Hepatocellular carcinoma (HCC) is a leading cause of cancer mortality worldwide and its incidence is
rising in both men and women in the United States. Anti-PD1 and anti-PD-L1 immune checkpoint inhibitor (ICI)
antibodies are now FDA approved for advanced HCC, however, as few as 20% of patients receiving these agents
will show an objective response to therapy. Because immune-related adverse events are non-trivial, predictive
biomarkers that can explain the variability in immunotherapy response are needed to optimize patient selection.
Several lines of research have recently converged to associate oncogenic activation of the Wnt/beta-
catenin signaling pathway with tumor immune-evasion and poor clinical response to ICI therapy in HCC. In
previous research, we found that HCC exhibiting high uptake of the positron emission tomography / computed
tomography (PET/CT) imaging agent 18F- fluorocholine (FCH) often belonged to molecular tumor sub-types
associated with beta-catenin activation and immune avoidance. Liquid biopsy based on targeted sequencing of
cell-free DNA (cfDNA) has also made it possible to identify patients who have tumors that harbor mutations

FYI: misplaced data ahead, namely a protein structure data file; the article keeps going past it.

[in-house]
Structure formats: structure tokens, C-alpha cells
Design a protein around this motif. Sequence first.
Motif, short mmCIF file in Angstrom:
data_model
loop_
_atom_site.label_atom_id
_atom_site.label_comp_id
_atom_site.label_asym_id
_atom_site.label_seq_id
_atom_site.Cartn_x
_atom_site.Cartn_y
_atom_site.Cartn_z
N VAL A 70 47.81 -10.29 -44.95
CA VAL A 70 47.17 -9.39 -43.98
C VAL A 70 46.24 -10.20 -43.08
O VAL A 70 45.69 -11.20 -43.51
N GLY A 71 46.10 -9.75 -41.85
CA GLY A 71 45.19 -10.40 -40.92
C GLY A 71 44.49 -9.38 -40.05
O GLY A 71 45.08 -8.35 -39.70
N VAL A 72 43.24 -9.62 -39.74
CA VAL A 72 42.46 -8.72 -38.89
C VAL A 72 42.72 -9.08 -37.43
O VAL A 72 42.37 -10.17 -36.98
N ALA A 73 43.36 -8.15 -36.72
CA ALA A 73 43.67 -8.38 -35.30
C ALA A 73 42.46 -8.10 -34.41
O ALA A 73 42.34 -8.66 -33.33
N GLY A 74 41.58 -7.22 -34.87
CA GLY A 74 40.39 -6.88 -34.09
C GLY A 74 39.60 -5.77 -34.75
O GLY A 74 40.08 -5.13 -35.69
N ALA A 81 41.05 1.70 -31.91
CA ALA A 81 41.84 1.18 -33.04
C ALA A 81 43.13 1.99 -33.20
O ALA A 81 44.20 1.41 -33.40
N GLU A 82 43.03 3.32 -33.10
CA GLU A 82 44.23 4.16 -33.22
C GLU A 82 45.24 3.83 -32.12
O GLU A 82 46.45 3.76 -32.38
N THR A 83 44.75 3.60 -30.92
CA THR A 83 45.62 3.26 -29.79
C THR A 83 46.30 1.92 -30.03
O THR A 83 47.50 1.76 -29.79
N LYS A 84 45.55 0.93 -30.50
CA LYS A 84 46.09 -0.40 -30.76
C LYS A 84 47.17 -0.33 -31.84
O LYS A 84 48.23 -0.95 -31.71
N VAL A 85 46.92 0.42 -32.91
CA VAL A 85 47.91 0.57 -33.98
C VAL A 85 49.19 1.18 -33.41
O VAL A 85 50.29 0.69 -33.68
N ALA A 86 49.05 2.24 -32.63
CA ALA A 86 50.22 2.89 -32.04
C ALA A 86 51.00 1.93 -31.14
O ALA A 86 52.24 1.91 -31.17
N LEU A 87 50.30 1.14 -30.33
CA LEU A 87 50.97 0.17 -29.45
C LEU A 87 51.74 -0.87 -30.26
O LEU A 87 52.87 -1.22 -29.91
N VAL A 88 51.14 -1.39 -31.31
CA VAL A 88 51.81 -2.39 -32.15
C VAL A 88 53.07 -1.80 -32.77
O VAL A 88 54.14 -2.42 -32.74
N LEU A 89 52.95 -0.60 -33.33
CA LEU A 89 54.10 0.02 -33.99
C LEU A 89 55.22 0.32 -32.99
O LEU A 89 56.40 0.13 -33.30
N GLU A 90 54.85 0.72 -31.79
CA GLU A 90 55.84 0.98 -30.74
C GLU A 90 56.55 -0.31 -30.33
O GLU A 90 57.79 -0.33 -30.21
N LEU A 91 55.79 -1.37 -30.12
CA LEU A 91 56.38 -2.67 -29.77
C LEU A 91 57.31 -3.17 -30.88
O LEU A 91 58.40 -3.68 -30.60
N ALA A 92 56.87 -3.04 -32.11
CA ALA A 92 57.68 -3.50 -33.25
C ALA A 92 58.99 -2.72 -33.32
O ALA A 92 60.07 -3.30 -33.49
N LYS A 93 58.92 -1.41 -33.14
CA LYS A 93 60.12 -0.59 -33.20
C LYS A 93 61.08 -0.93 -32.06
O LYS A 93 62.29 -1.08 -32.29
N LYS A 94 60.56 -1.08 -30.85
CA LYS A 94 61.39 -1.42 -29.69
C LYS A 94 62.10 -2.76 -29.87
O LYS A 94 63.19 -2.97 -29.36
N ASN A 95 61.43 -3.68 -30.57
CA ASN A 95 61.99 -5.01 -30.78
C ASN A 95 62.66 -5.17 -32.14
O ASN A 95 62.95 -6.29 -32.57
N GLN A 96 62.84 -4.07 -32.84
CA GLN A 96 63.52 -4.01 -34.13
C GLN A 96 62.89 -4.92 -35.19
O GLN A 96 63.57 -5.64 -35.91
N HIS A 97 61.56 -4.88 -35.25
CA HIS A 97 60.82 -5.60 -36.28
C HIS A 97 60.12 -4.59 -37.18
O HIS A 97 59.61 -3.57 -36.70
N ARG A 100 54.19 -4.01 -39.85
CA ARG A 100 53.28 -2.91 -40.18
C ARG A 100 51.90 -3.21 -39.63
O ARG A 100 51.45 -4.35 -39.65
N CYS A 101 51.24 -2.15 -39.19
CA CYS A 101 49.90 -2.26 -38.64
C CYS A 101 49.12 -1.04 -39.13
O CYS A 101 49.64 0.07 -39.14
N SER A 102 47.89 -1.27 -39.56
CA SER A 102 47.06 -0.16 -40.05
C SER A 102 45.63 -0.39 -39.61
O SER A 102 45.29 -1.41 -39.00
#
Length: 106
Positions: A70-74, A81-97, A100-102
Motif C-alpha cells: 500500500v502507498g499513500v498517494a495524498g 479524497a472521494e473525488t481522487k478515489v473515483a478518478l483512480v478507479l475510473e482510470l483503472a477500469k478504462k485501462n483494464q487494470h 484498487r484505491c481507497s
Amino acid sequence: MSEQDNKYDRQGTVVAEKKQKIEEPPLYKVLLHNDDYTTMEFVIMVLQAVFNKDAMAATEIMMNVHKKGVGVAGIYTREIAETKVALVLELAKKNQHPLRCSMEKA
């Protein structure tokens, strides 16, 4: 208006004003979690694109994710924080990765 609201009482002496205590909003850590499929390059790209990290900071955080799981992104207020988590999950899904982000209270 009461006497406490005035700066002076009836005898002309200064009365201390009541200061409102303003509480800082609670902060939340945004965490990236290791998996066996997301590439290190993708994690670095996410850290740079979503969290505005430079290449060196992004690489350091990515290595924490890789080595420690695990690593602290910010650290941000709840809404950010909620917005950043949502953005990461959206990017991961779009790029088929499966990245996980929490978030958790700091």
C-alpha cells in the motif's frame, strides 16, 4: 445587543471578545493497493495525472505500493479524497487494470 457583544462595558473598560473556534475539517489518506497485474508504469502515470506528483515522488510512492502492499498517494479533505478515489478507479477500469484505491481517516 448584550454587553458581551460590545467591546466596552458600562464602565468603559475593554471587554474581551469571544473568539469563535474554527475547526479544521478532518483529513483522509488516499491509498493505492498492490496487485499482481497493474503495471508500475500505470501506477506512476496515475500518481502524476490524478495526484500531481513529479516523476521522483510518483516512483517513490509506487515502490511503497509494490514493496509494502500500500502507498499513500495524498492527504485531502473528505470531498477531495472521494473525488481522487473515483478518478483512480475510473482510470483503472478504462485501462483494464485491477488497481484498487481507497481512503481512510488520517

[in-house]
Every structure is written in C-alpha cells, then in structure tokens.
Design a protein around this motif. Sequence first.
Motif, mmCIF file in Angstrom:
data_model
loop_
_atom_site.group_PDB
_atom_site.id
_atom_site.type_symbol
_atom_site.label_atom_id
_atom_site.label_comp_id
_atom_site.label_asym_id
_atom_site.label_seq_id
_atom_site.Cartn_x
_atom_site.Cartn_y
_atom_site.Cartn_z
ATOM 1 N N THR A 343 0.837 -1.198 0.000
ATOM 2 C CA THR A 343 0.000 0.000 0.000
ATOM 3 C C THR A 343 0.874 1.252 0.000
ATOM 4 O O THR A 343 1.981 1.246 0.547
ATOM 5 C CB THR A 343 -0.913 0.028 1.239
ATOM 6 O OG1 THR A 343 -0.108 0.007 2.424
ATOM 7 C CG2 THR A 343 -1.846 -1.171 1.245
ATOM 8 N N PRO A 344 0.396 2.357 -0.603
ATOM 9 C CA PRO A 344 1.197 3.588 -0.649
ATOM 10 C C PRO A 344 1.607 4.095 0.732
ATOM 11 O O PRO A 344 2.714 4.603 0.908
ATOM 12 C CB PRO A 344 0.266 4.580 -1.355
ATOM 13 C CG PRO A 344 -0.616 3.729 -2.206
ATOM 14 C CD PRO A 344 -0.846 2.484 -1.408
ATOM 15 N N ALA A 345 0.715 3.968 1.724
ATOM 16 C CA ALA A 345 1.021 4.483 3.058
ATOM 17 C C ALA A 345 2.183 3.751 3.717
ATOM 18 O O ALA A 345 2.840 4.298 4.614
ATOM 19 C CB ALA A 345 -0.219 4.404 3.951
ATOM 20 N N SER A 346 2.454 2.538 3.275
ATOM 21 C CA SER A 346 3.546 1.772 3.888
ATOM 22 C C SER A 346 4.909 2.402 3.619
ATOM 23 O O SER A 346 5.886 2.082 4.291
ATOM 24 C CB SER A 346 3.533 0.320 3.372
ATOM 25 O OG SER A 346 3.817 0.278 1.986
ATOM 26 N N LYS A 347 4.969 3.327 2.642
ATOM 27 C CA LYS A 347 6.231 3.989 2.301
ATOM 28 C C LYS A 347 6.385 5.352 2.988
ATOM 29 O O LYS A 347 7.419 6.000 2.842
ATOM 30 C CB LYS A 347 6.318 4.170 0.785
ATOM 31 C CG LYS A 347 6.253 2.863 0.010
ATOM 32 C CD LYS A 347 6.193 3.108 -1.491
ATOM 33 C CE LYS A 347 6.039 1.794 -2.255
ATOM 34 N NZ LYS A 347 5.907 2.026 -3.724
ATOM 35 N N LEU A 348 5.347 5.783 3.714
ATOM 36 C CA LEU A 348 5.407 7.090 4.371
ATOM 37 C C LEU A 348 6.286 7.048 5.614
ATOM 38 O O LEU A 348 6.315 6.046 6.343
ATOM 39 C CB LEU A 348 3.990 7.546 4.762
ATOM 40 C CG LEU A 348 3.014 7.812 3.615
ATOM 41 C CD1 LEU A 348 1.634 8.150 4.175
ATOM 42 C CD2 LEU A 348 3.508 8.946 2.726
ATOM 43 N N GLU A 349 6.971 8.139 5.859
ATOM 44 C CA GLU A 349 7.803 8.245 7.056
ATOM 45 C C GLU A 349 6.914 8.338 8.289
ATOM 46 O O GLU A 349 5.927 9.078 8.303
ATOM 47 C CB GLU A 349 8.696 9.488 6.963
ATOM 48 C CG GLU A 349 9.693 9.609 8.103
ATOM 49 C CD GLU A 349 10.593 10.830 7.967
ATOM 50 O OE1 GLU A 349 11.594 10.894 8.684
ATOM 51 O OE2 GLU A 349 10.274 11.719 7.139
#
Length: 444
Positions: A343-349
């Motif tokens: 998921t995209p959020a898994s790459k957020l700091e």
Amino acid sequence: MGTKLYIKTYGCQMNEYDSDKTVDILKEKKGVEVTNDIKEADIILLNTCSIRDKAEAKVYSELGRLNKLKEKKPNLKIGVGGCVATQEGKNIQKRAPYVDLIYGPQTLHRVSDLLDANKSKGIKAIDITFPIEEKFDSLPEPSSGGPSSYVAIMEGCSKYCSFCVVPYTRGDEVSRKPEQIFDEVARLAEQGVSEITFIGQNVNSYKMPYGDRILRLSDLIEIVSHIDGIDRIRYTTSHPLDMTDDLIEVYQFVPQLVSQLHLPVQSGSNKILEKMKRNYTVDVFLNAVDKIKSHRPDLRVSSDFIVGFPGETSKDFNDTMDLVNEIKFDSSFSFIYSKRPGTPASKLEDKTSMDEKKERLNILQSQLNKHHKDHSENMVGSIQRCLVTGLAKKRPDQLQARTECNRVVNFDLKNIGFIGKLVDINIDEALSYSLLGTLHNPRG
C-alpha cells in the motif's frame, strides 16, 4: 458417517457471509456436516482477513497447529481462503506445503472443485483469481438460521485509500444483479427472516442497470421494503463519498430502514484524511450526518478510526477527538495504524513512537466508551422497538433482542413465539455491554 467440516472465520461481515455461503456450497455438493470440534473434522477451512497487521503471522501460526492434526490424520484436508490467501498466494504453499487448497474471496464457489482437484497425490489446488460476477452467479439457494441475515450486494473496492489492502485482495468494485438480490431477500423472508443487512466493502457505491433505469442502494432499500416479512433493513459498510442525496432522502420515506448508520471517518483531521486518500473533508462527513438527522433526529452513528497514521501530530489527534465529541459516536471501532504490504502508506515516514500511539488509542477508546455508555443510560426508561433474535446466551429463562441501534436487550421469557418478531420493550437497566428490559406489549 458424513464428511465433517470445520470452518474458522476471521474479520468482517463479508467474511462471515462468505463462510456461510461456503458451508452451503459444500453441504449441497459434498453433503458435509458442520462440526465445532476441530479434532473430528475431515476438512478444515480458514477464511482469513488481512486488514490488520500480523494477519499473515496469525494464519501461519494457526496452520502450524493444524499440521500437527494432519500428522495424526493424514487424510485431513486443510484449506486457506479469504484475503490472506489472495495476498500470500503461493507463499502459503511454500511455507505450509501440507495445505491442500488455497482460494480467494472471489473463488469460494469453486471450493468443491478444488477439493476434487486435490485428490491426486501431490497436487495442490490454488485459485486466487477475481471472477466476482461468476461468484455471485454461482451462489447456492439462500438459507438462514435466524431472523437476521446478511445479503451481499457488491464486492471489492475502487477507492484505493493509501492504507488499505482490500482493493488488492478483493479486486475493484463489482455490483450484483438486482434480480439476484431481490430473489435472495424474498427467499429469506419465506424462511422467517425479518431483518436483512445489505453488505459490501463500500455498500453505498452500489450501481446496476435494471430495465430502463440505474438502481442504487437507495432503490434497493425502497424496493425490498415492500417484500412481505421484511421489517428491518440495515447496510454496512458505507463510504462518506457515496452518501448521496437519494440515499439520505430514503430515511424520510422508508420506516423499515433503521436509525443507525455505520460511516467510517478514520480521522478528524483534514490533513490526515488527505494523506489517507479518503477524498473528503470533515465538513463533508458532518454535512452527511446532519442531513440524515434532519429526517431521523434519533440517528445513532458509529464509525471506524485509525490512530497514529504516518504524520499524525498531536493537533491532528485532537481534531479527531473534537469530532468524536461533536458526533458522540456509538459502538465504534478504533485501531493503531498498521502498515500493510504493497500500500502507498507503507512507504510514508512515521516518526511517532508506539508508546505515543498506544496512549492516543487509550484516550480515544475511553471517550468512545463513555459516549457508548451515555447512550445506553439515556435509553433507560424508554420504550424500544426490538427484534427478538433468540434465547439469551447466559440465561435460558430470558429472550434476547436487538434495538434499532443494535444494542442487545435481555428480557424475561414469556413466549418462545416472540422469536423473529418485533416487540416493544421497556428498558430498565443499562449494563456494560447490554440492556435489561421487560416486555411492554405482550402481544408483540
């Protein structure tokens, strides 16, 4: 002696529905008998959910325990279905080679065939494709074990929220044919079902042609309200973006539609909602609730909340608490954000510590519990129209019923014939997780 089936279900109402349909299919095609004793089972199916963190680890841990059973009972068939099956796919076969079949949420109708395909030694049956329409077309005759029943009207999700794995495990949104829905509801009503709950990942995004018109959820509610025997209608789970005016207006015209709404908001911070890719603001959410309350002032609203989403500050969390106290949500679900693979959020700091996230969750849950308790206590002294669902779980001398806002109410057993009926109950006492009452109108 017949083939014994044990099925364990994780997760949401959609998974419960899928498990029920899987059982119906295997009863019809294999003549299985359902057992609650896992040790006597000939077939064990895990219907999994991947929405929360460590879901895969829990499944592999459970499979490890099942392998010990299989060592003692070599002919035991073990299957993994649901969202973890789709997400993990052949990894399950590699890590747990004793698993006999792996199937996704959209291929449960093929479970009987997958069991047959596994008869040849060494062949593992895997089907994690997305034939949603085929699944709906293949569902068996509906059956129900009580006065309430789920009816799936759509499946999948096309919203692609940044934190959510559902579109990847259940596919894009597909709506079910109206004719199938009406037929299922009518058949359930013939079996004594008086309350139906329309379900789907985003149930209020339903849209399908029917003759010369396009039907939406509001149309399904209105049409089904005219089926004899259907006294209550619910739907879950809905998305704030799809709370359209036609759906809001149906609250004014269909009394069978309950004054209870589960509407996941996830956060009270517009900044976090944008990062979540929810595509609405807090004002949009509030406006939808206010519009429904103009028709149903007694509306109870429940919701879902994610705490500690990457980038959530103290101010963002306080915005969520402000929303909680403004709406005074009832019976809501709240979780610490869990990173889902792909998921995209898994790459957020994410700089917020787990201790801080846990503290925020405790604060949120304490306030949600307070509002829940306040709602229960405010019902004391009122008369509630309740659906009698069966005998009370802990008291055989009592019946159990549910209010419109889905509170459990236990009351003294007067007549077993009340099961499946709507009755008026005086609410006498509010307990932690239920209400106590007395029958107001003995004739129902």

associated with increased Wnt/beta-catenin signaling.
This project comprises a phase 2 biomarker clinical trial to prospectively evaluate these specific
embodiments of PET/CT and liquid biopsy as tools for detecting HCC recalcitrant to ICI therapy on the basis of
beta-catenin activation. In addition to characterizing and comparing the predictive capabilities of FCH PET/CT
and cfDNA mutation profiling based on phase 2 clinical endpoints, this project will utilize decision tree based
machine learning to estimate the predictive performance of an integrative imaging-genomic biomarker while also
further examining how tumor mutations are related to PET metabolic phenotype and immunotherapy response.
Furthermore, because tumor 18F-fluorodeoxyglucose (FDG) uptake is incongruent with FCH uptake in HCC, a
third aim will utilize the trial as a molecular screening process to create an enriched sub-cohort of patients with
FDG-avid tumors. These patients will undergo serial FDG PET/CT to evaluate FDG as a source of predictive
biomarkers of ICI response for an orthogonal molecular sub-type of HCC. If these diagnostic tests are found
reliable at predicting tumor resistance/response, they could significantly enhance the clinical precision and
overall benefit of immunotherapy for HCC and possibly other cancers.